At the Lord's Supper, Christians eat and drink together. We call it communion because by it we are unified in Christ. This togetherness—this community—is central to the life of the Church. Its distinguishing feature is not multiplicity, but oneness: "There is one body and one Spirit—just as you were called to the one hope that belongs to your call—one Lord, one faith, one baptism, one God and Father of all, who is over all and through all and in all" (Eph. 4:4-6).
Like all good stories there is unity to the story of the Church. It looks much different now than it did in the first century, but it's still the same Church. Part of its life is this story: where did it come from, who keeps it together, where is it going? While there are all kinds of interesting particulars, there is really only one answer to these questions: Christ. He is the founder of the Church, He is its sustainer, and He is the goal toward which it is progressing. History will cumlminate in the absolute glorification of Christ before all creation, and the Church's primary task is to prepare the way for Him. The Church is healthiest when Christians are most dedicated to this task. This doesn't mean the death of denominations, it simply means they will be working humbly together. Just as the men of Israel worked together to rebuild the wall around Jerusalem (Neh. 3), so all Christians regardless of denomination must build the kingdom together.
To be successful the Church must be healthy internally. Its worship must reflect the standards and guidelines found in the Bible, and its observance of the sacraments cannot be taken lightly or neglected. The Church is to be the one consistently safe place for Christians in a mostly hostile world. This is not to imply the Church is a location or building but that it is a spiritual presence providing refuge for the people of God.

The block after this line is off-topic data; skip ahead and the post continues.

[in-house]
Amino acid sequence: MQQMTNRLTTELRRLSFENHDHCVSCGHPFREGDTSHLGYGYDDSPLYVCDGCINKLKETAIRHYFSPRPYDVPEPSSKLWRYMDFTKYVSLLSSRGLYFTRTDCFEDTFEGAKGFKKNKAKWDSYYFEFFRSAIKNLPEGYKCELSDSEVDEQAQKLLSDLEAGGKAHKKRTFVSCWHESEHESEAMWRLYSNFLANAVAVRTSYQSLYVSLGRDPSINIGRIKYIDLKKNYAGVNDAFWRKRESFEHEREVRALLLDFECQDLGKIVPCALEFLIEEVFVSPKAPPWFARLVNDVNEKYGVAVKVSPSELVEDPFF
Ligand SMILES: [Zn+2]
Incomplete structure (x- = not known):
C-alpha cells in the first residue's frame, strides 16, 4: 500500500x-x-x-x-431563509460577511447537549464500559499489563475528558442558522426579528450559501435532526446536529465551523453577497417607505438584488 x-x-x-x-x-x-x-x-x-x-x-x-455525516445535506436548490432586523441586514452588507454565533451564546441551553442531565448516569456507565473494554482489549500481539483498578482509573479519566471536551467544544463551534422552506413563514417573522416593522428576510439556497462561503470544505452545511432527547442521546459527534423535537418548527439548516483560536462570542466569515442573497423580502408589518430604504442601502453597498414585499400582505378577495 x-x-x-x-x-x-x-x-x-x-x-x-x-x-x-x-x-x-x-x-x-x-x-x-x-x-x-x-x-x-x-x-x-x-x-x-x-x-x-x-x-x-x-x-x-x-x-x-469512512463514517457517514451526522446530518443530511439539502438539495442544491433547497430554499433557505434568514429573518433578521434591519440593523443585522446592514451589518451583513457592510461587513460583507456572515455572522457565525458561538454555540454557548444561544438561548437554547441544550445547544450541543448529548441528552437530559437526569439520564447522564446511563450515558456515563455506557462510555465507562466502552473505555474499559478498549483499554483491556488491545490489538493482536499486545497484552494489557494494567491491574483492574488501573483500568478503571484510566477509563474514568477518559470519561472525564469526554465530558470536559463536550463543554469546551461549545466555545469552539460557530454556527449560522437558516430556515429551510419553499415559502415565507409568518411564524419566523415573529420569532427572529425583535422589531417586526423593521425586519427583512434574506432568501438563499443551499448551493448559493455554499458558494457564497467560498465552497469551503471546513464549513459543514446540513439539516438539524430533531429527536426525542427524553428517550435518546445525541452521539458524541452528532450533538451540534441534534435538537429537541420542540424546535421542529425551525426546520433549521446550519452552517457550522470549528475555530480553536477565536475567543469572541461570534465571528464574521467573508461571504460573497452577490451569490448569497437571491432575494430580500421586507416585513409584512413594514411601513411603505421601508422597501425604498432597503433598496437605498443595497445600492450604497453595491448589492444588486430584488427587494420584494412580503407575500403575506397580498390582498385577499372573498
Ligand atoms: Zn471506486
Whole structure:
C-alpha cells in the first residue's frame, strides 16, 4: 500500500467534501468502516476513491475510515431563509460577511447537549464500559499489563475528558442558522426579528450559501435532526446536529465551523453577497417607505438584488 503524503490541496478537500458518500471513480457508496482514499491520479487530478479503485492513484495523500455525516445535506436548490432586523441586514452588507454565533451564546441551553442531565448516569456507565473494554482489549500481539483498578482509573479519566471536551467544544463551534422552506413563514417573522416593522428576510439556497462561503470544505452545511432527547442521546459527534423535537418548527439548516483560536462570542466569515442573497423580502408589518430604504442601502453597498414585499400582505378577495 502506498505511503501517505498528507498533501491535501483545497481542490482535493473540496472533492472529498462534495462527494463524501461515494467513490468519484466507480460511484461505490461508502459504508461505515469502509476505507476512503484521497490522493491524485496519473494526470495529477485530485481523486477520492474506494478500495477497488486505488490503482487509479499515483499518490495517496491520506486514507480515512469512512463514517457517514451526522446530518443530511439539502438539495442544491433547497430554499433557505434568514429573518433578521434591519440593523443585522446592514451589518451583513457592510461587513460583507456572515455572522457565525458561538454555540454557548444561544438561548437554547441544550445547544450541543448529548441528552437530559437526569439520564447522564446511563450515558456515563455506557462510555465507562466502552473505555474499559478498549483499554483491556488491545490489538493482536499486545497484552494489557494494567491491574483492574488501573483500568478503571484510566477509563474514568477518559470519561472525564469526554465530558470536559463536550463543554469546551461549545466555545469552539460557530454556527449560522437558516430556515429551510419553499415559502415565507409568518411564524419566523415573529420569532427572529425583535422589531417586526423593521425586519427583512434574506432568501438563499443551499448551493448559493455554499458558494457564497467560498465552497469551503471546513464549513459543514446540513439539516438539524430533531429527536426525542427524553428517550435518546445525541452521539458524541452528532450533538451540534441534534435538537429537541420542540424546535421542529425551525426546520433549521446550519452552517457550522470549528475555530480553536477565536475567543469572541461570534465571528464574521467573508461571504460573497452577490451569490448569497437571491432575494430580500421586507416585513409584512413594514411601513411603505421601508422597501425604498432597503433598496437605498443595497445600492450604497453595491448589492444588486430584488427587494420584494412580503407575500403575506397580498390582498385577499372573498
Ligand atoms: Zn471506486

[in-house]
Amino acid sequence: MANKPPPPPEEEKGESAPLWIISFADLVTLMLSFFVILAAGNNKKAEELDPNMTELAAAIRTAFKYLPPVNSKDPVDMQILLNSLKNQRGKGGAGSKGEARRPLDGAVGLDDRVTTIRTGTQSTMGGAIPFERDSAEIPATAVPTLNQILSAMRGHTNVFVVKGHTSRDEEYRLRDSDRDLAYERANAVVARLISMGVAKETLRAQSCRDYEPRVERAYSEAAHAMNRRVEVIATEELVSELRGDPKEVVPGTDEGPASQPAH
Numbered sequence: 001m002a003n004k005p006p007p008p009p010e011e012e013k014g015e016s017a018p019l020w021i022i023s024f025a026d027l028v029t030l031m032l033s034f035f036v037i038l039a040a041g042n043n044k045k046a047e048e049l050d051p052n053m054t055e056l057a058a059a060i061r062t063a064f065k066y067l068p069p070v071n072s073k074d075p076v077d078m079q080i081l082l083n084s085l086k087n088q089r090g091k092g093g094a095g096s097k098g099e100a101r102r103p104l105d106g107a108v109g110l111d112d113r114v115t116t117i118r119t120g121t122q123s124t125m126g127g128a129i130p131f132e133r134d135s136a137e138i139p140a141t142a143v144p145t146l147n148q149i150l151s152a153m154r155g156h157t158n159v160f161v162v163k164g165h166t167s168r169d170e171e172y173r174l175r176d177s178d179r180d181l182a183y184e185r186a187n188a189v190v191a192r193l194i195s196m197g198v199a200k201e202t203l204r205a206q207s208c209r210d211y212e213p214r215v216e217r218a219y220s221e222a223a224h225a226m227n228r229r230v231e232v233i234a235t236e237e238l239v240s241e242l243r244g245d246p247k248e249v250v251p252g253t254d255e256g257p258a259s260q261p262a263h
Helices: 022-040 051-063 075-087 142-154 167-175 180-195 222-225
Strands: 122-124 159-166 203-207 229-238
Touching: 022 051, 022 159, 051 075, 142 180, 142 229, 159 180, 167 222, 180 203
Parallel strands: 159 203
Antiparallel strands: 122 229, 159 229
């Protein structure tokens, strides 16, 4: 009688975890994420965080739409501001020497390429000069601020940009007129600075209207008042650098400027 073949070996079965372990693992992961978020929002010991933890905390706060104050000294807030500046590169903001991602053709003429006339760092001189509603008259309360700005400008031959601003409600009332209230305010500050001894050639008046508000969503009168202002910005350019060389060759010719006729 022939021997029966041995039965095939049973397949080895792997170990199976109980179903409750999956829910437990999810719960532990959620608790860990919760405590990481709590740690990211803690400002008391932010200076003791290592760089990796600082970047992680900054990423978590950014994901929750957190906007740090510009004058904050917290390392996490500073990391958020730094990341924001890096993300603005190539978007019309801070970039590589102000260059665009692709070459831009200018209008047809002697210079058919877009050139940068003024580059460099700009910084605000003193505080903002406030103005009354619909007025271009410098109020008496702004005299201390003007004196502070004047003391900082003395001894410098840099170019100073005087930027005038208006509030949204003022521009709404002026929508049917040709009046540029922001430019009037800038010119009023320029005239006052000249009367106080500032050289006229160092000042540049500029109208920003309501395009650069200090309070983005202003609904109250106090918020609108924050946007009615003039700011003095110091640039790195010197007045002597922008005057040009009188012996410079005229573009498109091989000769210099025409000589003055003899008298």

The apostle John made it plain how the Church is to hold itself together. The world will know us by our love, he said. "Dear friends, since God so loved us, we also ought to love one another" (1 John 4:11). The Church is at its best when it is filled with the selfless love of Christ and is sharing that love with the world.
It is the Church's responsibility to spread the kingdom Christ set up during His lifetime. This kingdom is spiritual and its citizenry is increased whenever someone is baptized in the name of the Father, Son and Holy Spirit, but it exists in a physical world and will lead to the transformation of all civilization and culture. While this goal often seems hopeless and beyond reach, God has promised that the Church will triumph:
"On this rock I will build my church, and the gates of hell shall not prevail against it." — Matthew 16:18
Review by C. Hollis Crossman
C. Hollis Crossman used to be a child. Now he is a husband and father, teaches adult Sunday school in his Presbyterian congregation, and likes weird stuff. He might be a mythical creature, but he's definitely not a centaur. Read more of his reviews here.
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